Silica is the Most Eco-Friendly Substitute for Plastic Microbeads Used in Cosmetics

A new study quantifies the environmental costs of alternative materials following bans on plastic microbeads used in wash-off cosmetics.

Silica, applied here as mud in the Blue Lagoon in Iceland, was the most environmentally friendly alternative.
Silica, applied here as mud in the Blue Lagoon in Iceland, was the most environmentally friendly alternative. Image Credit: Imperial College London.

Microbeads are added to cosmetic and personal care products such as toothpaste, industrial hand cleaners and body scrubs often to enhance qualities like abrasiveness.

Microbeads are small, artificial plastic pellets, often with a diameter of less than 0.5 mm (or 500 μm). In several products, they are designed to be washed off, thus passing through wastewater treatment plants and ending up in marine ecosystems. They can accumulate underwater, eventually being ingested by marine organisms, causing harm to them.

Therefore, in several regions, such as the United Kingdom, microbeads are banned in wash-off cosmetics. A team of researchers from Imperial College London has now evaluated 29 alternatives to microbeads for their effect on the environment.

They discovered that silica, an abundant mineral that occurs naturally, was the ideal alternative and performs better compared to plastic microbeads over all the categories. The findings of the study were published recently in Nature Sustainability.

Unforeseen Impacts

Banning microbeads based on evidence of their long-term environmental impacts is a good step, but there may be unforeseen environmental impacts unless substitutes are chosen carefully. Not every apparently ‘natural’ alternative is desirable, so care is needed in selecting new cosmetic formulations.

Nick Voulvoulis, Lead Researcher and Professor, Centre for Environmental Policy, Imperial College London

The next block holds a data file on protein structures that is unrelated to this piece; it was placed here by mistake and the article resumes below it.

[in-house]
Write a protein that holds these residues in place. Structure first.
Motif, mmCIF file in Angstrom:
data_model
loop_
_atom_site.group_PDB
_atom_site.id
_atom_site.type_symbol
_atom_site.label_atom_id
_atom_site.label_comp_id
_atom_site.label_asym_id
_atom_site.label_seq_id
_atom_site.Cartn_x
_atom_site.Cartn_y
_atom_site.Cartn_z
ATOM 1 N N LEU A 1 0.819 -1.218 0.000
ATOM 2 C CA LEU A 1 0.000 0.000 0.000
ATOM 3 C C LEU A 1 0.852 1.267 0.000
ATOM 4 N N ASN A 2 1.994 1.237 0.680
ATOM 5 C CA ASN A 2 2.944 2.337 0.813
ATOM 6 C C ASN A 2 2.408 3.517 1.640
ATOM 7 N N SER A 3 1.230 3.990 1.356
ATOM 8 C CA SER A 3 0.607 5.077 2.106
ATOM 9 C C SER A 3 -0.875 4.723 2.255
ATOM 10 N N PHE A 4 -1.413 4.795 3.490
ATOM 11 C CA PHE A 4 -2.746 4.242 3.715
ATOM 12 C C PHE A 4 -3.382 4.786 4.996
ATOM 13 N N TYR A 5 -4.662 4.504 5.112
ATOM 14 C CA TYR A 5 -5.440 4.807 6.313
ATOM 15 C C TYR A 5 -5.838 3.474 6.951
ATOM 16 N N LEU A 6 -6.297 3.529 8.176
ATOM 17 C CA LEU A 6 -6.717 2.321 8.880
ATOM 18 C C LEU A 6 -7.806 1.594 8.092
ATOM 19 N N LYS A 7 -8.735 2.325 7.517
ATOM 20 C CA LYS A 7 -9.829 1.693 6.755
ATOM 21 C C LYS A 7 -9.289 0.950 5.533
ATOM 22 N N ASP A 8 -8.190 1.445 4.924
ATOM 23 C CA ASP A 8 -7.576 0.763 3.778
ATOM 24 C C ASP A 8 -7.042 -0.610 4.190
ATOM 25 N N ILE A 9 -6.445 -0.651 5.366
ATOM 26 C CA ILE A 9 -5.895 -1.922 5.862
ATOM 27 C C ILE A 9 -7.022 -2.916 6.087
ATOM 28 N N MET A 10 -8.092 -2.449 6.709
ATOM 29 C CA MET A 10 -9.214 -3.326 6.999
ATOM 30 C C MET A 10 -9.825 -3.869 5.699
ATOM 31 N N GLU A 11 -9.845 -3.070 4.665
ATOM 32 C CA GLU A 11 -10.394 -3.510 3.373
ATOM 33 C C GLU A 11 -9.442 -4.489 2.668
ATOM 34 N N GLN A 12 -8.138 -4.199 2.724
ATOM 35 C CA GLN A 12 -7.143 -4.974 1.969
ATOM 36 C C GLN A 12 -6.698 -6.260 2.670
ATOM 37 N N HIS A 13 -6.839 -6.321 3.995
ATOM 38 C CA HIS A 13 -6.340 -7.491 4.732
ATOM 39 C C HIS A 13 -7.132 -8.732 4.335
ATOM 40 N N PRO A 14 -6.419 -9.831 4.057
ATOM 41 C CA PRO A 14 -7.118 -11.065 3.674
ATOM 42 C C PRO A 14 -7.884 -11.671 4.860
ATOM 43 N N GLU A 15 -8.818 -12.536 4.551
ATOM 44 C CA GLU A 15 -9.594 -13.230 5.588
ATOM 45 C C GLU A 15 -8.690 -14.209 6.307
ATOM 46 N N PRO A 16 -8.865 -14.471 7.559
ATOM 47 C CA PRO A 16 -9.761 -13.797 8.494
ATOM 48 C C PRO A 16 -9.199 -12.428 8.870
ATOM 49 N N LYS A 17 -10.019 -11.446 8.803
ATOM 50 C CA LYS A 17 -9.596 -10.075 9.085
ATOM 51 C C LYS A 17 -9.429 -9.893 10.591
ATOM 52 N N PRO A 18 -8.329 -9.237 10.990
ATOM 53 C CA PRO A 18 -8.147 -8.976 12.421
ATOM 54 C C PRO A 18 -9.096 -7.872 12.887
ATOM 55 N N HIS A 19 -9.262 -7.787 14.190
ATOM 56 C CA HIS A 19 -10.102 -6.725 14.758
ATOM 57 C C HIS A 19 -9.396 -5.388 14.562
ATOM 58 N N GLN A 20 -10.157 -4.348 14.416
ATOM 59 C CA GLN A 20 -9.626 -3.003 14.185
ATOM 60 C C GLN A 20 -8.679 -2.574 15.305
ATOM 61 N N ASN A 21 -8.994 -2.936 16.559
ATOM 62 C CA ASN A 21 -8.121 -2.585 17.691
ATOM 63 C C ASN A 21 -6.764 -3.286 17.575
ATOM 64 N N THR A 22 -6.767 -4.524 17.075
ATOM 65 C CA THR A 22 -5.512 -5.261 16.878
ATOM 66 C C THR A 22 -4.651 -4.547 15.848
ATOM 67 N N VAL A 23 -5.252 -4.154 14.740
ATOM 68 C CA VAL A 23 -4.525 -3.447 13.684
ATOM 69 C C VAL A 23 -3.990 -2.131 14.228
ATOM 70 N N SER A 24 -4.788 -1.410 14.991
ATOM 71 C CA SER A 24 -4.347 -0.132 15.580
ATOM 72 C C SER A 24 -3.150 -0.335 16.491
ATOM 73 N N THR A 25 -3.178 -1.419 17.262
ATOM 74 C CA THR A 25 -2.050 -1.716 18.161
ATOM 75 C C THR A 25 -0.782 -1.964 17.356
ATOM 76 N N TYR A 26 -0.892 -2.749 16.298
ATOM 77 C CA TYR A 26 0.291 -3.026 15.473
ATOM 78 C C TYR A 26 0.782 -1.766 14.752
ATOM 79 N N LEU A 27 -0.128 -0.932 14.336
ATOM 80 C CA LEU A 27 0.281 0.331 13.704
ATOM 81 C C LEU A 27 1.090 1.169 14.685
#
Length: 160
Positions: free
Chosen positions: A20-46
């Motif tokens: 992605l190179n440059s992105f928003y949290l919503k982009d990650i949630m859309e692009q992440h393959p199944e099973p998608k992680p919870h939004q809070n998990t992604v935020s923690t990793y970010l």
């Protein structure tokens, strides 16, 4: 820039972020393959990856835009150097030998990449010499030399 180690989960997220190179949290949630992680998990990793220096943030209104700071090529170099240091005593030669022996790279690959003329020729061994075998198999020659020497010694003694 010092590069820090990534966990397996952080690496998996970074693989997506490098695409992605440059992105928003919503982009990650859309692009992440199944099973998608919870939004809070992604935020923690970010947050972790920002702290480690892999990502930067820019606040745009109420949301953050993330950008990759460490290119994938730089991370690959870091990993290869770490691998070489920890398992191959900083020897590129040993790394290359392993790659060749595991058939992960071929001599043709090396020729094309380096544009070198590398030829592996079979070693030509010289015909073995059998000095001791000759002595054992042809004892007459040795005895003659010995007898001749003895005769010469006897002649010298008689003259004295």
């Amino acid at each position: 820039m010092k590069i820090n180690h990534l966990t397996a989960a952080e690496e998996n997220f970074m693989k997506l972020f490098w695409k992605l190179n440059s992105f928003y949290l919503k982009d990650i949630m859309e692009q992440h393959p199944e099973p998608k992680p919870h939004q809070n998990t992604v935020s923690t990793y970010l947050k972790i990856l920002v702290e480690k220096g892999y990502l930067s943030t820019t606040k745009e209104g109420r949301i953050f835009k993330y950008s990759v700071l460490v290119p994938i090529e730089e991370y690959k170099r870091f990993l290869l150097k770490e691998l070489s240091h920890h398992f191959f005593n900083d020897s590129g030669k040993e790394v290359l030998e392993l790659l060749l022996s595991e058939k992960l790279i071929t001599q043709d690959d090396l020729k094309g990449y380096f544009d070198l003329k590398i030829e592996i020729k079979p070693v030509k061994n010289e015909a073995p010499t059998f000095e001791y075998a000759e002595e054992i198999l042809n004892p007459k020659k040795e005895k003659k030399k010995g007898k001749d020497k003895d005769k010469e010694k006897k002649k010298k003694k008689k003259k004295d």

The researchers assessed 29 alternatives to microbeads, such as different minerals like silica, pumice and salt; various plastic formulations; as well as plant and animal-derived products such as oats, almond shells and pearls. For each alternative, the researchers took the environmental effect of their 'life cycle' into account—from extraction and production to final use and disposal.

For every stage, they assessed various factors that influence environmental and human health, for example, the use of scarce resources, toxicity and ozone depletion.

They identified that two main factors affect the environmental credentials of the materials: the amount of energy-intensive processing they involve (which leads to the production of greenhouse gases) and, in the case of plant-based materials, the amount of land and water they need.

This analysis revealed that almond shells, usually regarded as a preferred 'natural' alternative, need a lot of land and water to grow and represent a poor environmental alternative when they are grown in water-scarce regions. Although citric acid needs considerably less land and water, it involves heavy processing, thus necessitating a lot of energy for production.

Silica was found to be the best-performing alternative as it is naturally occurring, chemically inactive and non-toxic, which makes it easy to source and process and unlikely to result in long-term negative impacts.

Eliminating Plastic Waste

The research team also adds, however, that the 'best' alternative relies on the context. For instance, titanium dioxide used in toothpaste has a comparatively high effect on the environment—yet it is also used in sunscreens where alternatives might not offer the same health benefit of avoiding skin cancers.

The ban on microbeads was largely driven by concern about the long-term impacts on marine ecosystems. We instead looked for the potentially hidden environmental costs of alternatives. This approach could be replicated in other areas looking to eliminate plastic waste and pollution, such as packaging alternatives using plant-derived materials or biodegradable plastics.

Claire Hunt, Study First Author, Centre for Environmental Policy, Imperial College London

Journal Reference:

Hunt, C. F., et al. (2020) Evaluating alternatives to plastic microbeads in cosmetics. Nature Sustainability.


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